Young adults and high school students are experiencing anxiety at much higher rates than ever before. There can be many contributors to this e.g., high academic loads, lots of extracurricular activities, social/family pressures and uncertain futures. This anxiety can result in sleep loss, depressed mood, psychological distress as well as poor functioning at school and in the community. Some young adults can get caught up in very high risk behaviours – selling, addiction, and thefts in part as ways to deal with their anxieties.
The challenge is to try to understand the pressures young adults are experiencing and recognize the signs and symptoms of dysfunctional coping mechanisms.
This remote learning session is designed to help educators, students and health staff understand the psychological challenges associated with COVID. We will explore choices and strategies that help young adults.
This interactive dialogue will cover:
Currently, Dr. MacEwan runs the Urban Psychiatry Program at St. Paul’s Hospital. He is the medical lead for the Downtown Community Court psychiatric teams. Dr. MacEwan is the former Head of Psychiatry at St. Paul’s Hospital and is the clinical lead in the Hotel Study, a cohort study of the health, addiction and mental health of 500 residents of the Downtown Eastside in Vancouver.
Dr. MacEwan graduated from UBC in medicine and completed his specialty training in psychiatry at UBC in 1987. His clinical and research interest has always focused on psychosis.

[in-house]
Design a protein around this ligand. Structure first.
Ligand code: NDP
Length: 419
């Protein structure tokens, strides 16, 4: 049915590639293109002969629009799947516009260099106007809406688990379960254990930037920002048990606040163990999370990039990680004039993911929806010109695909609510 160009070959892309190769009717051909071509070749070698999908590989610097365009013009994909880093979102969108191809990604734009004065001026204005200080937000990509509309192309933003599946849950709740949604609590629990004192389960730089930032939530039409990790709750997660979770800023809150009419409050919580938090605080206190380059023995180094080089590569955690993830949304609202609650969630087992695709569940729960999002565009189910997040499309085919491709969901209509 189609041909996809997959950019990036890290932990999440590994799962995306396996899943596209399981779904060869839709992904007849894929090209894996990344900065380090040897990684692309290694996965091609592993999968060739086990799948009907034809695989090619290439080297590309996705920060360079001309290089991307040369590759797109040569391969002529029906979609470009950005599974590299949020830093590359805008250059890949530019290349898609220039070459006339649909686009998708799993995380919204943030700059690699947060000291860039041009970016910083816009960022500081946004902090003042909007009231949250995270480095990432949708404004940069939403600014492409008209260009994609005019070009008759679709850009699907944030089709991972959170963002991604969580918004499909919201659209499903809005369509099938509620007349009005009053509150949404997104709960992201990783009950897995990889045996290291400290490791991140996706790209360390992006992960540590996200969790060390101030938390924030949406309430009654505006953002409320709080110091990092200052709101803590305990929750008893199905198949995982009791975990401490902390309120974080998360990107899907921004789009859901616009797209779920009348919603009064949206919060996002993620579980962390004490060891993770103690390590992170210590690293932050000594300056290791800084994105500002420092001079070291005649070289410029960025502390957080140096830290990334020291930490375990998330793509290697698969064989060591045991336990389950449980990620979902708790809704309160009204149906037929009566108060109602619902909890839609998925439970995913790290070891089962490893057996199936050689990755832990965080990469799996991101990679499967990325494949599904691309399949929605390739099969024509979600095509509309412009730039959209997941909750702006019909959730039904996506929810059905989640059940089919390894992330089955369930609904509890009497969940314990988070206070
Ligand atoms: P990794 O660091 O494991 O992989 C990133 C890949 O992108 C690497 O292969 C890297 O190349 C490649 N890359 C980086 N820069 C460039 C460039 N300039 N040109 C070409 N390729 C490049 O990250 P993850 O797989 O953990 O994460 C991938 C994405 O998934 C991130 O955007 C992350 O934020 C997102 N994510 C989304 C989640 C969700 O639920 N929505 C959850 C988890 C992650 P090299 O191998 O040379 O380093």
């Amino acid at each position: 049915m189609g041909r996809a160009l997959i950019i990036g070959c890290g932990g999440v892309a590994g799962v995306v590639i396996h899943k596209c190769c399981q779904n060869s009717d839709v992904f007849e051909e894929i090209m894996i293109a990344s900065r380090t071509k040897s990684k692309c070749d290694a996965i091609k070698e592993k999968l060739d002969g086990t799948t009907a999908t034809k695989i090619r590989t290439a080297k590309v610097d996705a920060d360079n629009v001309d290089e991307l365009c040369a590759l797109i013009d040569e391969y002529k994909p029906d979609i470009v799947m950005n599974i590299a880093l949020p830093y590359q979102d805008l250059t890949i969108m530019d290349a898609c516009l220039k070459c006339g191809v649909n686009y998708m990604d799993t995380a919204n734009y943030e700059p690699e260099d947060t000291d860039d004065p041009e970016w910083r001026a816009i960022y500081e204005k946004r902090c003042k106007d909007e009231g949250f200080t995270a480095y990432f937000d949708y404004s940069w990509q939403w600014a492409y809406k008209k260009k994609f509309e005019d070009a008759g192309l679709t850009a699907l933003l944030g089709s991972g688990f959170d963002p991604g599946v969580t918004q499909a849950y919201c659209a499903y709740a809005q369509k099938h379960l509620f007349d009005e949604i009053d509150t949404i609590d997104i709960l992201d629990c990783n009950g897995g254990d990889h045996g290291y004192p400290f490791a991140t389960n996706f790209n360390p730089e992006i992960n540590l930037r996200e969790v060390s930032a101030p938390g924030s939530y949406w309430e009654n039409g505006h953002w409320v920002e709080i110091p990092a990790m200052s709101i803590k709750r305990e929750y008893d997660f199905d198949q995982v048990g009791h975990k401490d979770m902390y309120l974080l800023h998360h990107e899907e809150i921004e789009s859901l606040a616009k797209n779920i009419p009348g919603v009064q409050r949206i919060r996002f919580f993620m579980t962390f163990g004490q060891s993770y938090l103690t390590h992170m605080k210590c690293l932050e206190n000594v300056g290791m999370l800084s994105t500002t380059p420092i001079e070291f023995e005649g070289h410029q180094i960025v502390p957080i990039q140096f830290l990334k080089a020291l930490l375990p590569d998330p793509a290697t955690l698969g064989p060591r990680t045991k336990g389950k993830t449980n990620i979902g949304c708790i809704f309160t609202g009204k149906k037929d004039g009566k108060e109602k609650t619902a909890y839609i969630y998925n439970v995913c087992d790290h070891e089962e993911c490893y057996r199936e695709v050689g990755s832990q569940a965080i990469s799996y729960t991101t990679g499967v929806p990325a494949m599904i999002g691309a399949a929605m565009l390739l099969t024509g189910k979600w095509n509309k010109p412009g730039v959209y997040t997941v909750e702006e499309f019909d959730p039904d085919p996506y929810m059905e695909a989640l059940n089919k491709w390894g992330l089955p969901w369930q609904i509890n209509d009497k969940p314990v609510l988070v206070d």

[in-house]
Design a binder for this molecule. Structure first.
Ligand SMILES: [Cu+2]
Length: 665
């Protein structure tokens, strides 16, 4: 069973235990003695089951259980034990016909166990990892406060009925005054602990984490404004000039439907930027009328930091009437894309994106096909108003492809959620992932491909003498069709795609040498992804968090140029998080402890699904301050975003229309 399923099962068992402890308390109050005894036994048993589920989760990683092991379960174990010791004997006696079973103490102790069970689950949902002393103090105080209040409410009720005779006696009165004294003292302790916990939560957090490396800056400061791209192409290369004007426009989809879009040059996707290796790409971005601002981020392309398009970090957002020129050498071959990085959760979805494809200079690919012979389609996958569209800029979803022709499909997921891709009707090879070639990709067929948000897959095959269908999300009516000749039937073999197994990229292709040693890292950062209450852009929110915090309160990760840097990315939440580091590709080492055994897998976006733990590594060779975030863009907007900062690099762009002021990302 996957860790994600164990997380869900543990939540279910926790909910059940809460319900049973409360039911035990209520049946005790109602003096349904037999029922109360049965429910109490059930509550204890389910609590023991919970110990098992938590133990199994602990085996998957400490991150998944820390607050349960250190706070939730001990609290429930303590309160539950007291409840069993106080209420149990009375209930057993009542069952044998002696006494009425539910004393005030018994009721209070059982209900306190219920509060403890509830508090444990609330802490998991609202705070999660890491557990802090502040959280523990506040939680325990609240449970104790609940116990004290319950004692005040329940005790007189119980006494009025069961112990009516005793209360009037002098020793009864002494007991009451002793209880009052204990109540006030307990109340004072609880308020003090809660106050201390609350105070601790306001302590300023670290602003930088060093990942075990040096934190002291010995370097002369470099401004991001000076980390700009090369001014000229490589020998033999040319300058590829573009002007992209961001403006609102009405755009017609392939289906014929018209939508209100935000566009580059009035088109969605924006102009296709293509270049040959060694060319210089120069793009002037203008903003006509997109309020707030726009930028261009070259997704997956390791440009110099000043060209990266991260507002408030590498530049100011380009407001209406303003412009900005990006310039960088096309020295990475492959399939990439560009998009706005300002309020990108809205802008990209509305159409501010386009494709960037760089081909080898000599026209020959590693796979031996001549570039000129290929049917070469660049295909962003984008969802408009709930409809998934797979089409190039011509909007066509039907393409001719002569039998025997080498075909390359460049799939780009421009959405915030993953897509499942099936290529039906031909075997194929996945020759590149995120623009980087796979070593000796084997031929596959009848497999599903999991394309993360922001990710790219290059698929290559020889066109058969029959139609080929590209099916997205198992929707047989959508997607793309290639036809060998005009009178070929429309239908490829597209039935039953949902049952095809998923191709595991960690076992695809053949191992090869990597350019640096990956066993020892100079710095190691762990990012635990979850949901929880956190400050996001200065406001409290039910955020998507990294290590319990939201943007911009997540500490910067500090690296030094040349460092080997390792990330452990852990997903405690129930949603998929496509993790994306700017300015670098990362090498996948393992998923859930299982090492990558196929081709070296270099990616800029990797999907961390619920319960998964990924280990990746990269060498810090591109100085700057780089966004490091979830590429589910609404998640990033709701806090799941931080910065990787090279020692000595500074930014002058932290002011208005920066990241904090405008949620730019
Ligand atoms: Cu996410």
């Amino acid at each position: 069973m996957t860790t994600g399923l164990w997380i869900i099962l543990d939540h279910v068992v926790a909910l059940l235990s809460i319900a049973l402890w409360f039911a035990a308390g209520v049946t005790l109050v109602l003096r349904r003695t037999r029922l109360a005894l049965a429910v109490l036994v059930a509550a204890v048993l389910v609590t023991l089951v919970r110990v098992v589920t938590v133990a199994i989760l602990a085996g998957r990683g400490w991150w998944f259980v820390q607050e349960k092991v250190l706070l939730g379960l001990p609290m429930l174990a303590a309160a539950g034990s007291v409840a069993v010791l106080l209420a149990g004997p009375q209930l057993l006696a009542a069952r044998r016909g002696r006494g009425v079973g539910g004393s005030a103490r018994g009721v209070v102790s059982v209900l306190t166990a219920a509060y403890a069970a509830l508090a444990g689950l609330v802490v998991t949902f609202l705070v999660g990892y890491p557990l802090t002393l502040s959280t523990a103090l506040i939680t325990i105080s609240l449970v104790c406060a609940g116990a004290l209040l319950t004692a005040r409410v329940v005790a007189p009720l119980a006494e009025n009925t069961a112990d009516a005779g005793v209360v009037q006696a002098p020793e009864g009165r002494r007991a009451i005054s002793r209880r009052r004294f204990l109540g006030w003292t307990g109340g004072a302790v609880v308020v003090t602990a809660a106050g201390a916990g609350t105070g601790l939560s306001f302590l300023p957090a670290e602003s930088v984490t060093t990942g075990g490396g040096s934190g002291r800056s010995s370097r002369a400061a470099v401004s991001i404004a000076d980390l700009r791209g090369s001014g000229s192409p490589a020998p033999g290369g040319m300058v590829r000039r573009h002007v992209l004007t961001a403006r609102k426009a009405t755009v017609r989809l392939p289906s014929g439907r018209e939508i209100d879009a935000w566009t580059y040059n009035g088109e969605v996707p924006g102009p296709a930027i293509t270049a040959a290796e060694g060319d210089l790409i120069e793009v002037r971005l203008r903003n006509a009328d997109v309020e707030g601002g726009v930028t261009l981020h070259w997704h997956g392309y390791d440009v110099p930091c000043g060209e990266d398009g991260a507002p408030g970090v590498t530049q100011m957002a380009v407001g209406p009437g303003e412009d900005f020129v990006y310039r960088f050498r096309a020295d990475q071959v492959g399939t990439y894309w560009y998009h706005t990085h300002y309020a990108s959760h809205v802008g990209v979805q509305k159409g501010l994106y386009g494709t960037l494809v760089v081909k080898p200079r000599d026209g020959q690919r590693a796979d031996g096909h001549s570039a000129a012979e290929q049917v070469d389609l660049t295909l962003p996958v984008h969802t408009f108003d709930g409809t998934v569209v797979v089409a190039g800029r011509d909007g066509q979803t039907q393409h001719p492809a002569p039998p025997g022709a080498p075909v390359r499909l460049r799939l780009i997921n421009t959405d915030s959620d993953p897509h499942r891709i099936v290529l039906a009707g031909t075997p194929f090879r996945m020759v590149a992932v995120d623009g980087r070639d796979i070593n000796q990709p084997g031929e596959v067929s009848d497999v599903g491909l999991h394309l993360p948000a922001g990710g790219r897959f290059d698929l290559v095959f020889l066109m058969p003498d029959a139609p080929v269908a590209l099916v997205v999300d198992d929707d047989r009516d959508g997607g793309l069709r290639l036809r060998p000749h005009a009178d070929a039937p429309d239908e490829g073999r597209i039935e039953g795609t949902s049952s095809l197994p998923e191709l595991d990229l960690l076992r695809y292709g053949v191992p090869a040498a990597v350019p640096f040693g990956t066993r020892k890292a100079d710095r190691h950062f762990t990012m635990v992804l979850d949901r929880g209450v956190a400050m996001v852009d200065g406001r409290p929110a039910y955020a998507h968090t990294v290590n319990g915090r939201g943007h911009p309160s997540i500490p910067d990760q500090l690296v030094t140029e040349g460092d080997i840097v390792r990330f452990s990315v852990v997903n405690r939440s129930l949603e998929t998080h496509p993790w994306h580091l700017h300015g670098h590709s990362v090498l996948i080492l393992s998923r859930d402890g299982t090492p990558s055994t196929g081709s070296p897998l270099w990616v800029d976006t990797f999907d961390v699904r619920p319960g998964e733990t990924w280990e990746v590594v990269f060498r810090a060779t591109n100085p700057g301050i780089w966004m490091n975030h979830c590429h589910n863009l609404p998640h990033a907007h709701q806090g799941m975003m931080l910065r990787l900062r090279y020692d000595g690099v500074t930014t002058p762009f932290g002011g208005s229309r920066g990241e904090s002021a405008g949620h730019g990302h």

Academically Dr. MacEwan is a Clinical Professor in the Department of Psychiatry at UBC and Associate Department Head, Clinical Affairs, UBC, Department of Psychiatry. His research interests have been in the study of novel antipsychotics in the treatment of Schizophrenia; he has also been looking at clinical correlates of Schizophrenia, Early Psychosis and Addiction.
Bill has worked in the Downtown Eastside (DTES) of Vancouver for the last 19 years. Initially this work was psychiatric outreach to the single room occupancy hotels in the DTES. His present work now also involves working at the Downtown Community Court (DCC) in the DTES. The mental health teams in DCC allow the opportunity to use the court as a health point of contact for individuals with extreme mental health issues. The DCC Mental Health programs help patients with their illness and prevent them from entering into further problems with criminal behaviour.
Bill lives in Surrey and has a blended family of 7 children, 5 horses, 2 Sicilian miniature donkeys, Pedro and Al as well as 2 dogs, Biff and Eva.